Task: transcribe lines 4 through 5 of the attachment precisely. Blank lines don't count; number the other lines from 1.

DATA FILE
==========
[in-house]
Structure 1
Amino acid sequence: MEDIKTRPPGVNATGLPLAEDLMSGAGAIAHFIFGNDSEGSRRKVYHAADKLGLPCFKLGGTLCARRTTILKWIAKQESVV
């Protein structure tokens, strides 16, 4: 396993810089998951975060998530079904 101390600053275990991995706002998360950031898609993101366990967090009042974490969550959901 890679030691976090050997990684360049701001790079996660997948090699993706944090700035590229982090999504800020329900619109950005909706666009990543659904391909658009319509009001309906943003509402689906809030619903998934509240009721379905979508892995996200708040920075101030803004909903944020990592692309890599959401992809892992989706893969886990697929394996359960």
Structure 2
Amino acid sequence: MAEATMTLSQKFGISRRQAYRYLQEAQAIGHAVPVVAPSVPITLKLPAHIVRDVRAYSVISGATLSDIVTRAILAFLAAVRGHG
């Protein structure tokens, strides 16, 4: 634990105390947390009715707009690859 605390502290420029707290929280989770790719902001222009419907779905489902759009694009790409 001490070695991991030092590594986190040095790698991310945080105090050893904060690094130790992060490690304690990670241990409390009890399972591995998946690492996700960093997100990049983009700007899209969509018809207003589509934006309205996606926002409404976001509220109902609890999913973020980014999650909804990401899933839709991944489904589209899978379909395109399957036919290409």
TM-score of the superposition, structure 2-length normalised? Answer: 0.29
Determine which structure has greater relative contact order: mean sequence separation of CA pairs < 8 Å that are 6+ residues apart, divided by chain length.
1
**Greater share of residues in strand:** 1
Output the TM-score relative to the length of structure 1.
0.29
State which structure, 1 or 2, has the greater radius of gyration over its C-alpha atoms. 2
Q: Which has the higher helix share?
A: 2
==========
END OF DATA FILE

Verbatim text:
């Protein structure tokens, strides 16, 4: 396993810089998951975060998530079904 101390600053275990991995706002998360950031898609993101366990967090009042974490969550959901 890679030691976090050997990684360049701001790079996660997948090699993706944090700035590229982090999504800020329900619109950005909706666009990543659904391909658009319509009001309906943003509402689906809030619903998934509240009721379905979508892995996200708040920075101030803004909903944020990592692309890599959401992809892992989706893969886990697929394996359960």
Structure 2